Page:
This raises another point - when you start giving weight to the spirit of the law, who decides what that spirit is? You and I obviously come to different conclusions regarding what is in the spirit of pesach.

Were this another blog we would each go and muster tanaaim, rishonim, and acharonim who shared our personal tastes and cite them for support - or if you prefer, to show that our beliefs are within the mesorah. But I'm going to skip that part, although you are welcome and indeed invited to do so - I can always stand to learn more.

Anonymous said...

>This raises another point - when you start giving weight to the spirit of the law, who decides what that spirit is? You and I obviously come to different conclusions regarding what is in the spirit of pesach.

That is exactly right. I believe that many Mitzvot don't have a reason given to them in the Torah, to allow each one of us to adapt the Mitzvah to his personal need whether to improve self control, reduce greed and apetite or an opportunity to serve God. The same applies to the minute details of how a mitzvah is performed. Some get something out of being machmir others find satisfaction in the spirit rather then the minutea of the act. Talking about pessach Hametz and Matzah are zecher the fast exodus. See how later generations have turned it into Biur Hametz as Yetzer Hara or other such explanation. The reason in turn impacts how strong the Chumra should be. I think that this is as it should be - each one use the Mitzvah to address a personal need.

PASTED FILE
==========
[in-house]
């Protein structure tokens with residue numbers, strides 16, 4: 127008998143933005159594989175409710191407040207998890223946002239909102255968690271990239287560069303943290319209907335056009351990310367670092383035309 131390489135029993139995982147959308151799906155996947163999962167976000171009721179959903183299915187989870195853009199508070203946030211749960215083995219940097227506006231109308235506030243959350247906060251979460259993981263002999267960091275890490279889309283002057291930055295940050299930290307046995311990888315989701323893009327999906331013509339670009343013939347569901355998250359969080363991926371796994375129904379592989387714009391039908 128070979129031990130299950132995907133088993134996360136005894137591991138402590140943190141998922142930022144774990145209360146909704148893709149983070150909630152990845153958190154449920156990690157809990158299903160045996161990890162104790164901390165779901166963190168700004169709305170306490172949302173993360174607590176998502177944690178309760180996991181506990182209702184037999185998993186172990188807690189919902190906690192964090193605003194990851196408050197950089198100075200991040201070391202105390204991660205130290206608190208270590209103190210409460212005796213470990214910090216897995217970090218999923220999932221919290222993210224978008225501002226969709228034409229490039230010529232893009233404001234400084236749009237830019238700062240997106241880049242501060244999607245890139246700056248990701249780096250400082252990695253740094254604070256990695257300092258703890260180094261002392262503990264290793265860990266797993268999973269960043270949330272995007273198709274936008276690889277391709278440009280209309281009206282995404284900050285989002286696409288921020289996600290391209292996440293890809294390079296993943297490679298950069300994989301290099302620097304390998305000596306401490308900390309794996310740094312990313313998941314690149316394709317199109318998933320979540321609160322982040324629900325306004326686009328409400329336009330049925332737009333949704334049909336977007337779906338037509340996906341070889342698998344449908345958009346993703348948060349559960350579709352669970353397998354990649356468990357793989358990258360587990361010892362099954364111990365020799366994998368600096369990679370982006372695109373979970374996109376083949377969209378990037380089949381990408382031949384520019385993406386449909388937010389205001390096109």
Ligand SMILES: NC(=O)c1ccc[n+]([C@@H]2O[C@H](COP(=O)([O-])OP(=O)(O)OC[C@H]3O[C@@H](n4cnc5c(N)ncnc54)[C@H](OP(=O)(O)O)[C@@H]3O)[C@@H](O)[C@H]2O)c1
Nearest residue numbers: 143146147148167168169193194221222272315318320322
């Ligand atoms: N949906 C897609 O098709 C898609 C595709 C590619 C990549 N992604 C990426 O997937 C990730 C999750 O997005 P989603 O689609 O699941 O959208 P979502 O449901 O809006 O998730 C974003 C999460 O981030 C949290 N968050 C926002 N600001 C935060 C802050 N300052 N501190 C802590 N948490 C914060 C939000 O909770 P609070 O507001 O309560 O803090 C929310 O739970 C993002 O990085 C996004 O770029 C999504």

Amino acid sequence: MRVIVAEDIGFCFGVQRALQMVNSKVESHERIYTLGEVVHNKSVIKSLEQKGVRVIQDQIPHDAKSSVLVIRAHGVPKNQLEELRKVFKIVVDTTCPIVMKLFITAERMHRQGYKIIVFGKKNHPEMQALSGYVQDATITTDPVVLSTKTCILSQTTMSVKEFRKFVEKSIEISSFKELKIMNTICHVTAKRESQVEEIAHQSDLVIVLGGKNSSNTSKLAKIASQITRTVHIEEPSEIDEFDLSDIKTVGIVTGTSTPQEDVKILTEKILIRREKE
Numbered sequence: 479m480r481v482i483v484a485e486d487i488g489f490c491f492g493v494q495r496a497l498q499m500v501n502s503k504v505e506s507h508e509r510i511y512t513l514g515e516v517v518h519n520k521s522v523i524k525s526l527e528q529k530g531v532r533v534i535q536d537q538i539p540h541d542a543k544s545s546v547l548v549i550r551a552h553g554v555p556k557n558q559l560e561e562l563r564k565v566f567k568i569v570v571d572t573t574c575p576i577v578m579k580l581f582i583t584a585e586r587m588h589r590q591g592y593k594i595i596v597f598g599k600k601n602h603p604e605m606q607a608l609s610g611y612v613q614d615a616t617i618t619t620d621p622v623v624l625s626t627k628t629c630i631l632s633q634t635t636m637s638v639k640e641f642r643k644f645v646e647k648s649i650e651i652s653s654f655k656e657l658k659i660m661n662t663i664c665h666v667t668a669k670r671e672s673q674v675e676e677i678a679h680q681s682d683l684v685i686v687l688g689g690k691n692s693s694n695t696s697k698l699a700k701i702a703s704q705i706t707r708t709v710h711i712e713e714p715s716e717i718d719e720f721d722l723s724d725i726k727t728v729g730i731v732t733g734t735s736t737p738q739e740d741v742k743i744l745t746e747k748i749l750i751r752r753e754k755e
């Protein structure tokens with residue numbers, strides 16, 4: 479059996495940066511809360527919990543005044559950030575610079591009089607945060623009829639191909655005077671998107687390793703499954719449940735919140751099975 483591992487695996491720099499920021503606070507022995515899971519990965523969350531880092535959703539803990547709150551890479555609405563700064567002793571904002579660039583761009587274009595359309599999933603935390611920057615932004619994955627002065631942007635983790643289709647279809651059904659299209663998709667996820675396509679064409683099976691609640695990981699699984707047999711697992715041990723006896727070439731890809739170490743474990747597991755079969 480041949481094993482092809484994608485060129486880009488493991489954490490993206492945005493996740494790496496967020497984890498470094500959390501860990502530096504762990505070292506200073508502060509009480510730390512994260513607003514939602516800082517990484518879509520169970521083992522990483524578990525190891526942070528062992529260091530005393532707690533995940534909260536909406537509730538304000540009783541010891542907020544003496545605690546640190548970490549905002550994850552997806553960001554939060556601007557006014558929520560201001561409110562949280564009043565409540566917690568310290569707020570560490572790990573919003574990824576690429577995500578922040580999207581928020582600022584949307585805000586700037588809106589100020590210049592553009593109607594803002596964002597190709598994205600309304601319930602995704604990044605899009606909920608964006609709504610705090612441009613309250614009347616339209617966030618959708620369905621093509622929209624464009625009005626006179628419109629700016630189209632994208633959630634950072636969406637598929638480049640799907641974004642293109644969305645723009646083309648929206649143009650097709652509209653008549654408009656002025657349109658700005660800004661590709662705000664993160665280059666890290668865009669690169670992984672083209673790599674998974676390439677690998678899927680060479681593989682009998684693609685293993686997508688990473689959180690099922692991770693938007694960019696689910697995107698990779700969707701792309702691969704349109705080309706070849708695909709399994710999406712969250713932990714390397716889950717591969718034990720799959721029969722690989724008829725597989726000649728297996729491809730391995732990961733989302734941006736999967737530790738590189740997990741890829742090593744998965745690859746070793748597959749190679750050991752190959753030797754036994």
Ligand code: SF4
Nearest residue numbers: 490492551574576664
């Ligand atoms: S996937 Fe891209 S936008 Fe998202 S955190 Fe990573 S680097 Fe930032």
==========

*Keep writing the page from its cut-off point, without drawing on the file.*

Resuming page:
Unfortunately many of us don't understand that and that is the root of intolerance in our community.

Steg (dos iz nit der šteg) said...

Wow. I've never been able to come up with a good response to the "optional/mandatory" objection. You've gone and done it great!

Anonymous said...

Thought provoking blog. Check out mine on Jewish history sometime. Regards.